are regular mats and conservation quality (rag) mats. It would
always be nice to use conservation quality, but this market is
very competitive, and price is important. Regular matboard is
still of very high quality, and we suggest they be used for any
image that does not have a high value in itself. Example: Photos
and printer copies. Conservation mats should be used for original
artwork, high quality prints, Limited editions prints or any image
that has a high value in itself. Price wise, a presentation using
regular mats will cost less than half that of using conservation
quality. Technical information on mats can be seen on the pages
of the two largest mat companies, Crescent and Bainbridge.
Size of mat: Use standard sizes when possible,
allowing your customer to buy a frame easily. Non-standard size
mats mean an expensive custom frame is necessary, and most end-users
recognize this when purchasing matted images. Standard sizes are
5 x 7, 8 x 10, 11 x 14, 16 x 20 and 20 x 24. The borders around
the image should be a minimum of 1 ½ inches for small images,
and up to 3 inches or more for large images. A 5 x 7 image in
an 8 x 10 mat will give borders of 1 ½ inches all round.
If you plan to provide a frame with the mat, keeping to standard
sizes is not important.
Obtaining mats at wholesale prices: Most photo
stores and many large retailers will carry a few sizes and very
limited colors, but don't supply volume. They are also expensive.
Larger Art supply stores may have very limited selections of mats
in volumes of 25 or so at some discount. To get a true wholesale
price, scour the Internet for companies that cater to the smaller
vendor. Expect to buy in some volume in order to get the best
price possible. Fifty or more identical mats will get you into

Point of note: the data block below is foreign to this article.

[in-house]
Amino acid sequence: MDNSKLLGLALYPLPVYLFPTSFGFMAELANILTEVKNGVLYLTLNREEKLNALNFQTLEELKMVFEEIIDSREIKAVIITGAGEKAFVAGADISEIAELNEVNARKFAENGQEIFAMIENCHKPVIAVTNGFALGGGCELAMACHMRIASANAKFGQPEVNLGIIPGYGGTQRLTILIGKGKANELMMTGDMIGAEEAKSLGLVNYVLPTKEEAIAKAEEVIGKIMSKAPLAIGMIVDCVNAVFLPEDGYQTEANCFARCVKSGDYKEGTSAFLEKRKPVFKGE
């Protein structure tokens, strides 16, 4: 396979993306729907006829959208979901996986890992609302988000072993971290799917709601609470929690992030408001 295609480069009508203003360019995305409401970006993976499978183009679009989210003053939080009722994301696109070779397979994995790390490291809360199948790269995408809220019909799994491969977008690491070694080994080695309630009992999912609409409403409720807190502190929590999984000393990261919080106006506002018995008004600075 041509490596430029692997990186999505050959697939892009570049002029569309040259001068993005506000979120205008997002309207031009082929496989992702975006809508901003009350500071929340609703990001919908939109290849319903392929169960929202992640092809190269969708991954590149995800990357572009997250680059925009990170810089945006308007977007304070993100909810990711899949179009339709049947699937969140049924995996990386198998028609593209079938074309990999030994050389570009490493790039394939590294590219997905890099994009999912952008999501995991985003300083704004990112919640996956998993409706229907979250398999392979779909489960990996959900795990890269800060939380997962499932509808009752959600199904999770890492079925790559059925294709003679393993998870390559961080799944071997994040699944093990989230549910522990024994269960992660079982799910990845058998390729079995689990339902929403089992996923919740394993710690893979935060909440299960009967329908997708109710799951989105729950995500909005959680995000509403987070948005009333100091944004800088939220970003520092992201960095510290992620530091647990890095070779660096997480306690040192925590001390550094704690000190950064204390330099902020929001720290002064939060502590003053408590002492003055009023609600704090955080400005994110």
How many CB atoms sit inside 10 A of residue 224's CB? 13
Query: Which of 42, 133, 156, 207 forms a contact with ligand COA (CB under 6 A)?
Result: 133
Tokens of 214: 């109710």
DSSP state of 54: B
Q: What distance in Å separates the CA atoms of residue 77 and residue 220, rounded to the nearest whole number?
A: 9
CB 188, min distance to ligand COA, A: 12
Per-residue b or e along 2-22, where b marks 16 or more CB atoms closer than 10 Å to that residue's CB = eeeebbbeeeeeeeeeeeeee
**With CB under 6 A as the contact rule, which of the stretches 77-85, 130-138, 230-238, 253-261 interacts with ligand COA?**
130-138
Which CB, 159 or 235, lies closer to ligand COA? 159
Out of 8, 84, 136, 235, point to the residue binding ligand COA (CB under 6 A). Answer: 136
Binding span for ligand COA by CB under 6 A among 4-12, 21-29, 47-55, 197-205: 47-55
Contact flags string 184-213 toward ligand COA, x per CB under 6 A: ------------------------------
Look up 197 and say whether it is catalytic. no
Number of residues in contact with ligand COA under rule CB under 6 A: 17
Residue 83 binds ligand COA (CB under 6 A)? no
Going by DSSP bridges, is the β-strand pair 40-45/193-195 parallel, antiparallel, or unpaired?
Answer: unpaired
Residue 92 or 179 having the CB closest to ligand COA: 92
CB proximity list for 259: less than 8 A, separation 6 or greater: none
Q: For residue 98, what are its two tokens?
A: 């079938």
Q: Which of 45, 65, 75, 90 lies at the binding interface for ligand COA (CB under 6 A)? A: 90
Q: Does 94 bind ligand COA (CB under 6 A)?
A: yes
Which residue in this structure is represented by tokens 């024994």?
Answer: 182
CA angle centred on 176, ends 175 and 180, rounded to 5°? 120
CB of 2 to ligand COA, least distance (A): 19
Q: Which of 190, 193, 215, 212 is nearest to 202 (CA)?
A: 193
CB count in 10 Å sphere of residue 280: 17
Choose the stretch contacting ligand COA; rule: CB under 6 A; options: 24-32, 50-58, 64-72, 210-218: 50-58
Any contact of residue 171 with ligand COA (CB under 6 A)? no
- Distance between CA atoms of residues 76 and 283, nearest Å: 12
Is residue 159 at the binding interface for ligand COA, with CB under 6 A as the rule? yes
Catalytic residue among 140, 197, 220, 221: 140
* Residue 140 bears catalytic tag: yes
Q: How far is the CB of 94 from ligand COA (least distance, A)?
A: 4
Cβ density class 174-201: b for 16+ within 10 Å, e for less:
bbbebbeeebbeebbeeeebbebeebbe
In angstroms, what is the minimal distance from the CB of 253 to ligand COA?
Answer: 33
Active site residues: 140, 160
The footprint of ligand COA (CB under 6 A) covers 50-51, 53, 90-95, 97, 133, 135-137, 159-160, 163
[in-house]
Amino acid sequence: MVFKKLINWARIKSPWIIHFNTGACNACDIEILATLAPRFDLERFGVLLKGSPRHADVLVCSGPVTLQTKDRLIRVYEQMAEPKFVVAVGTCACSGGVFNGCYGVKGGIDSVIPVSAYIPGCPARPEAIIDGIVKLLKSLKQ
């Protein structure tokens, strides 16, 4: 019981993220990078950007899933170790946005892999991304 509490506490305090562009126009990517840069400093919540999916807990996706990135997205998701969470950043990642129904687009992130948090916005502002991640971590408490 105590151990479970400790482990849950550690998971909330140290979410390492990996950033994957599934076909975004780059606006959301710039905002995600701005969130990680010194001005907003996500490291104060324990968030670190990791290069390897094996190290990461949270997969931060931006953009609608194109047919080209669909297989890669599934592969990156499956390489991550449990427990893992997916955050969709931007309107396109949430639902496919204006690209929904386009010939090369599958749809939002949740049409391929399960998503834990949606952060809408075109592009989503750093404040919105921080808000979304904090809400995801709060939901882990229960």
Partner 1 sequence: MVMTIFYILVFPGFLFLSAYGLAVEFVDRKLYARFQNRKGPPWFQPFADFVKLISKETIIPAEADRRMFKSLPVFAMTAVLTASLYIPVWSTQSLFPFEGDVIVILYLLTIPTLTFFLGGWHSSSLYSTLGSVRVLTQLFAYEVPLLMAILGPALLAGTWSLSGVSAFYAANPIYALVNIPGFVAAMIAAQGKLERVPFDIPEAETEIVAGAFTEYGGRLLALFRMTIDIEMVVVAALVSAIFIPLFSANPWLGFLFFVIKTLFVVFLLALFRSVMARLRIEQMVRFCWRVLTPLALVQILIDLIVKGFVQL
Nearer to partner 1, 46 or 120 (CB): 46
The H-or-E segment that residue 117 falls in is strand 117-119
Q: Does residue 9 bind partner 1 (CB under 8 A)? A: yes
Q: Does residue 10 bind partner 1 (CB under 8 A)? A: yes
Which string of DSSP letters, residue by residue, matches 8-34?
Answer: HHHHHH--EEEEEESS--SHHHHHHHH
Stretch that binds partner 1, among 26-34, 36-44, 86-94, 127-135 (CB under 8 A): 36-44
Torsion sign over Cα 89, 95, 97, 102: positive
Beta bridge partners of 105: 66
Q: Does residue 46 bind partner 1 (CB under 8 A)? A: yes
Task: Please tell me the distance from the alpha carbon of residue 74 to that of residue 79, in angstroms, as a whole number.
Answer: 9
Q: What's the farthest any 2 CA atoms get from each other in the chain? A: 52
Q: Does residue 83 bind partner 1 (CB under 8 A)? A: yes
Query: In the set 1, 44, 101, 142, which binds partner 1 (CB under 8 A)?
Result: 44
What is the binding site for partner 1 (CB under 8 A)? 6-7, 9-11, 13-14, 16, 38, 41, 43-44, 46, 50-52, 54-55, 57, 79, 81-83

the price range that will keep your product competitive. A regular
11 x 14 double mat in a local store will cost $4.50 to $6.00.
In volumes less that 200, you should pay $2.50 or less. Be careful
of highly discounted mats that are not by major manufacturers
such as Crescent and Bainbridge. Some of these are not of equivalent
quality, and may warp or discolor quickly or otherwise harm the
Final note on mats: KEEP IT SIMPLE. Do not try
to match every image with a different color combination. A color
combination that fits several images quite well will meet your
needs much more efficiently. One opening size is better than several.
Your cost will be reduced, and those images that do not sell will
not saddle you with high or useless inventories of mats.
Backings: You will need a backing for the mat
and image. The backing completes the package and protects the
image. For regular mats, we recommend manila board or heavier
non-corrugated cardboard (for mats 11 x 14 and smaller), and foam
core for larger mats. If you use conservation quality mat, your
backing MUST be acid-free. Use acid-free mat or acid-free foam
To frame or not to frame: In general, do not
get heavily into framing for the "drop by" market. The
customer can pick a frame of their choice if the mat is a standard
size. Consider having a few framed pieces so the customer can
see a finished result, and can buy your framed piece if they like.
Aluminum "backloader" frames are inexpensive, and very
easy to load, as are clip frames. A thorough search of the internet